This article definitely hit home and I recommend sharing it with leaders in your organization. It starts with the definition of perfectionism as a survival mechanism, the types of perfectionistic pursuits (avoider and pursuer), and goes on with the impact on self and the team.
Career progression is definitely not easy. When as HR or L&D we want to control the whole process, it becomes even more challenging. This article from Learnerbly gives some practical tools to decentralize the process of creating and using career progression frameworks by making it everyone's responsibility.
What kind of learning journeys drive business results? When should you deliver your learning journey? How should it look like? All hard questions with probably no perfect answer. McKinsey talked about their approach, giving a step-by-step model you can follow.
So many cool ideas for putting Slack to use as an L&D Team. It goes through what kind of channels you can create for learning purposes, scheduling "did you know" posts, inviting influencers and leaders to share know-how, or what kind of polls you can create. This one also covers using Teams as an L&D team.
E-Learning 101 
If you're just starting our in e-learning or as an instructional designer, Articulate launched a small program covering instructional design tips, project management, and technical skills such as course development apps, multi‑device e-learning, and learning management systems.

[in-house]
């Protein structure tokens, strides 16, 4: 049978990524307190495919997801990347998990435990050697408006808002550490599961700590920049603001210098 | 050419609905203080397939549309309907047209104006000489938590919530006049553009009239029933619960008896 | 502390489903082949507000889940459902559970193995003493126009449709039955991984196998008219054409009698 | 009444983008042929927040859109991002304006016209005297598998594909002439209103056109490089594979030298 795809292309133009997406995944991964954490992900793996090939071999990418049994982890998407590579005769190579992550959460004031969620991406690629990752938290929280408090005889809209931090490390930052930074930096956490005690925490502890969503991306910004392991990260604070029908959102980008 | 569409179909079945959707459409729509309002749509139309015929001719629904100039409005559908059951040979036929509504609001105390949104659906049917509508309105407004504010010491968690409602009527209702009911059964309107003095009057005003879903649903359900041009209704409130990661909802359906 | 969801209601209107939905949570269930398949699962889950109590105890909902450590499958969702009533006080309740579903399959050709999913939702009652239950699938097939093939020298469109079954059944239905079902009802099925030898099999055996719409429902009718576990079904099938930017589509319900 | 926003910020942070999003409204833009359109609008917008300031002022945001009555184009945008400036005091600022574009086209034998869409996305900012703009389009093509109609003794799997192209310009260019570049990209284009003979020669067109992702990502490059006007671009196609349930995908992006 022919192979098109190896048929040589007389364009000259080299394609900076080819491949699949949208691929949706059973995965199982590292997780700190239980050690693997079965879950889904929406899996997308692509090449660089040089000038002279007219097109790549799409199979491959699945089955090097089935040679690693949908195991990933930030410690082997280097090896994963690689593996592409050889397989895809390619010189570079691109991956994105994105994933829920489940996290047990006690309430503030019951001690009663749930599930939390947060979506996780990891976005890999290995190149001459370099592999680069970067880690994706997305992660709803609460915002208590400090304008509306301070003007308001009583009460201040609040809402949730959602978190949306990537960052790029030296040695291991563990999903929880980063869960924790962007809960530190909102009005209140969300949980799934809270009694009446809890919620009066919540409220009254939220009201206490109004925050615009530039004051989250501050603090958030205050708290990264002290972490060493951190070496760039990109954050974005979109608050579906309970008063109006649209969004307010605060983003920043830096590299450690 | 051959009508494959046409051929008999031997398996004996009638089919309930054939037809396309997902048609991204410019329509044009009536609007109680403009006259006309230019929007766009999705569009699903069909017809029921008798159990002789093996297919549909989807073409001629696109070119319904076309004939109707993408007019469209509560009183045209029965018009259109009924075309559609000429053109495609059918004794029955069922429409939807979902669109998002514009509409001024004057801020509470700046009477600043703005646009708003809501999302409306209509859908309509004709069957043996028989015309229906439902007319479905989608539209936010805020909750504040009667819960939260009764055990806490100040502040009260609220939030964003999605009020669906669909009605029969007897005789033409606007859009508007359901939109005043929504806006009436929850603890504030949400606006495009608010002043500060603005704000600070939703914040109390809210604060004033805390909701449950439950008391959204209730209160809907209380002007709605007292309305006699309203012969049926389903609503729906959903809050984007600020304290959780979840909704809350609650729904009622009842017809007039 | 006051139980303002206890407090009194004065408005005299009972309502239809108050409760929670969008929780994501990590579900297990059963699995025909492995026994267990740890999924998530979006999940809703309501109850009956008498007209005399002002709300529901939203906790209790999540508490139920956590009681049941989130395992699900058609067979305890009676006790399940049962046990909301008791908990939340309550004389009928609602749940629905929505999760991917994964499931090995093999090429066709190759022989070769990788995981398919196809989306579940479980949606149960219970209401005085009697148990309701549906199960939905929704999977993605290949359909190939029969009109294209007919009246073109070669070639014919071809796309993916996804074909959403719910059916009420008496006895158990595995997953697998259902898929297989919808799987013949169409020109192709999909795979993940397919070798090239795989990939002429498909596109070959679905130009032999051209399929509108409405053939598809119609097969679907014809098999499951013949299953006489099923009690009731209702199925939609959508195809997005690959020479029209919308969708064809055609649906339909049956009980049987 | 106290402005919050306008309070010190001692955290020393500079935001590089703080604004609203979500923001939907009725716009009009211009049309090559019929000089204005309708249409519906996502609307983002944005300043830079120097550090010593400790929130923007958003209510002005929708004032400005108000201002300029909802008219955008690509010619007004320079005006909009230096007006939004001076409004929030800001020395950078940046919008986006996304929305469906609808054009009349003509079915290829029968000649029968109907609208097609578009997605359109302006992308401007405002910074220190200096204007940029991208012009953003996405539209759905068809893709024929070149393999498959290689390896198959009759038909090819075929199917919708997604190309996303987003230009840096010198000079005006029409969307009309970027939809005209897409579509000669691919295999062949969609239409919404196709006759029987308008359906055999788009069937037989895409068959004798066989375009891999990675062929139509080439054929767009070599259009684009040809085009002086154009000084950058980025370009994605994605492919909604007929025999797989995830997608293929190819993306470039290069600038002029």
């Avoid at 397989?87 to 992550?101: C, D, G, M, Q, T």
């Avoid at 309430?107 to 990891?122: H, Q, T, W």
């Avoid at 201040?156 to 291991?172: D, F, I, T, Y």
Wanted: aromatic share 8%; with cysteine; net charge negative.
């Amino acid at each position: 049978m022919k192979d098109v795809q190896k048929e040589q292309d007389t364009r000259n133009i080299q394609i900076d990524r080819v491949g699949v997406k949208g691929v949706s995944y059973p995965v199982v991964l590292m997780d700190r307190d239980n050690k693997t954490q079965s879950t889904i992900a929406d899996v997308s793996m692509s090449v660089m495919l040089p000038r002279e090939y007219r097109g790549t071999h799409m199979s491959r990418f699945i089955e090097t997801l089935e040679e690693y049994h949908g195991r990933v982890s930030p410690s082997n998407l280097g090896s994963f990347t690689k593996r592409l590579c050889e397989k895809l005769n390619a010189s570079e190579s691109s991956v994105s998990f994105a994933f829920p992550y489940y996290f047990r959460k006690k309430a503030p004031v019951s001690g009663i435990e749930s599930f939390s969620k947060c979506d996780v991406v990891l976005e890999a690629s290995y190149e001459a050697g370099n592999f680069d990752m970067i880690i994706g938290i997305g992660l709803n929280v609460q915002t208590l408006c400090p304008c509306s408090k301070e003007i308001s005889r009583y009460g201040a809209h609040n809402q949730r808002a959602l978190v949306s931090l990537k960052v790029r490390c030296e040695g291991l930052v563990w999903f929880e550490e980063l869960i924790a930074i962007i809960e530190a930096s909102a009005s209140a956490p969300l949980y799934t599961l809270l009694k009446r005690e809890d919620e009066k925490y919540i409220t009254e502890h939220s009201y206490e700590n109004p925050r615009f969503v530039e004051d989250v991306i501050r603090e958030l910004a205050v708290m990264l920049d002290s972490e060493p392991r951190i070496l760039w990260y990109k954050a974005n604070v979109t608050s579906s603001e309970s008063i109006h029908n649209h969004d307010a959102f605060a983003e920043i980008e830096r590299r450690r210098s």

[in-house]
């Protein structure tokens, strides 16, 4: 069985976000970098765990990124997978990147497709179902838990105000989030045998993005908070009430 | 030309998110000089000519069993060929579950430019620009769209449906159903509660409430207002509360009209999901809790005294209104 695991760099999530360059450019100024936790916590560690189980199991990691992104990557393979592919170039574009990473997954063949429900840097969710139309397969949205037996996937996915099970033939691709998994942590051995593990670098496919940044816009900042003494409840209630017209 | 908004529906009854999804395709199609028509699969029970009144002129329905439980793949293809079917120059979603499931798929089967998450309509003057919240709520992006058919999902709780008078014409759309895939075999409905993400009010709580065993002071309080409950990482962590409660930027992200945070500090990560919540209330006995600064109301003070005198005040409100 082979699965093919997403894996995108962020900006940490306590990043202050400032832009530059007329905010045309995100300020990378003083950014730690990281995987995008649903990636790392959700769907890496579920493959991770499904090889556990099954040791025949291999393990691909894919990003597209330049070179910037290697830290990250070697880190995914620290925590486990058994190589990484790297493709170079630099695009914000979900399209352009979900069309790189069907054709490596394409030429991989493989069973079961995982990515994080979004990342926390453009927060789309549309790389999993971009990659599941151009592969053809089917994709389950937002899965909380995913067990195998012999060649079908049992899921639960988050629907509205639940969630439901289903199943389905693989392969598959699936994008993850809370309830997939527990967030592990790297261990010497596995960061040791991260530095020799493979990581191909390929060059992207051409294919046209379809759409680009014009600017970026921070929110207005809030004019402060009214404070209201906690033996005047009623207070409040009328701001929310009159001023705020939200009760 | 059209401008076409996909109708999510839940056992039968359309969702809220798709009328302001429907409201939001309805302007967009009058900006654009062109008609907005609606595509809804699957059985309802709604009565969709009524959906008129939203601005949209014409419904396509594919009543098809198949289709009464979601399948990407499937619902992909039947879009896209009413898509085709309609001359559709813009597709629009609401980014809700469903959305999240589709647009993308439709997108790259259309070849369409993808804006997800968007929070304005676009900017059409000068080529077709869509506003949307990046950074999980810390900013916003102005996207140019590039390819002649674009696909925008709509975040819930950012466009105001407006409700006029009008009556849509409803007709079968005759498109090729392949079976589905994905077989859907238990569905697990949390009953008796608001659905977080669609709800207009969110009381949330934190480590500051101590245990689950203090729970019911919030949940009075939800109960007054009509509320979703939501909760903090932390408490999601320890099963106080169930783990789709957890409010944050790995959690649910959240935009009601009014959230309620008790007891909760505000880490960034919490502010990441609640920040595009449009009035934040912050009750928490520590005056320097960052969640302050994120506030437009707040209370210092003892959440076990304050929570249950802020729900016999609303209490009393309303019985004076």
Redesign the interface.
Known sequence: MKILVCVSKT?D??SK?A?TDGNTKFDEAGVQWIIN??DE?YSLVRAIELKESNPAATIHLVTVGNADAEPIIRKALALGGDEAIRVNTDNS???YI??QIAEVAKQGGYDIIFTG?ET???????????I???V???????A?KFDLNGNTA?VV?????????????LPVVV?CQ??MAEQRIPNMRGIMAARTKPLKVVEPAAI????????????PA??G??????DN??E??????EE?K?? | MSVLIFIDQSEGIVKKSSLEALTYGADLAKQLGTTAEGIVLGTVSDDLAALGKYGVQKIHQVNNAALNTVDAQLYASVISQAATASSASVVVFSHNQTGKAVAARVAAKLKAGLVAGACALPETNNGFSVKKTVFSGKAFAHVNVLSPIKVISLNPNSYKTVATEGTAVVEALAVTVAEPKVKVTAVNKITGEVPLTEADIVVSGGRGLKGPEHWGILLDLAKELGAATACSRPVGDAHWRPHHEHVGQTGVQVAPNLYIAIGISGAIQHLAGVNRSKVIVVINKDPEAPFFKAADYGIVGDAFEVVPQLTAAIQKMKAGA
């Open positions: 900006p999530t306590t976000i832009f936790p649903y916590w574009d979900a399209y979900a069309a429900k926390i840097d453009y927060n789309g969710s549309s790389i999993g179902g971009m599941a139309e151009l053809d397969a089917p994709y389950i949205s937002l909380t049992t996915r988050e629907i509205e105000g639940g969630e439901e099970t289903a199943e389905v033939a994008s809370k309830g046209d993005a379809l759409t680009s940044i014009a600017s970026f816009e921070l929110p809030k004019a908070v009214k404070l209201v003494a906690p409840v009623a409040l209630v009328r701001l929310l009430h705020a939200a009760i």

A pretty cool upcoming event on developing learner personas. Ashley and Hannah will go through the importance of learner personas, and how to build one. By the end of the webinar, you'll also get a template so you can immediately apply what you learned.
Looking for efficient ways to learn brought me to one I've never explored in such detail: talking to yourself, which is also known as self-explaining. But what does this mean? You should just talk out loud every time you learn something new? Well, not exactly. There are four ways this method can work: talk to yourself, ask why, summarize, make connections.
A new podcast episode from David James, hosting Myles Runham. They address the difference between what L&D perceives to be digital and the opportunity that it actually presents.
About 5 years ago I enrolled in a Critical Thinking e-learning and was really star-struck by how complex the subject is. About two years ago I had the honor of meeting the teacher and exploring more of the same topic. Although I agree it's hard to teach Critical Thinking in one class, it definitely did wonders for me in terms of awareness. So is Critical Thinking a Soft Skill or it is not?
Overheard on LinkedIn
"Spaced repetition might not have the immediacy of cramming or the adrenaline rush of a manic all-nighter. But the information we learn from it can last a lifetime and tends to be effectively retained."

- neilmosley
Thanks to 7taps, Roi Ben-Yehuda, Letitia Stefan, and Anna Bejgrowicz for sharing Offbeat in the past week.

If you found this issue insightful and think your peers could benefit from it, please encourage them to subscribe to the Offbeat Newsletter. Your support will help us grow this newsletter and bring it to as many L&Ds as possible.
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This newsletter is created through the joint efforts of Lavinia Mehedintu and Nifty Learning. Offbeat is our way to support the L&D community around the globe. We only share resources we find insightful, and we add our interpretation of how readers could apply what they learn. Could we be wrong? Definitely. We strongly encourage you to share your feedback and thoughts at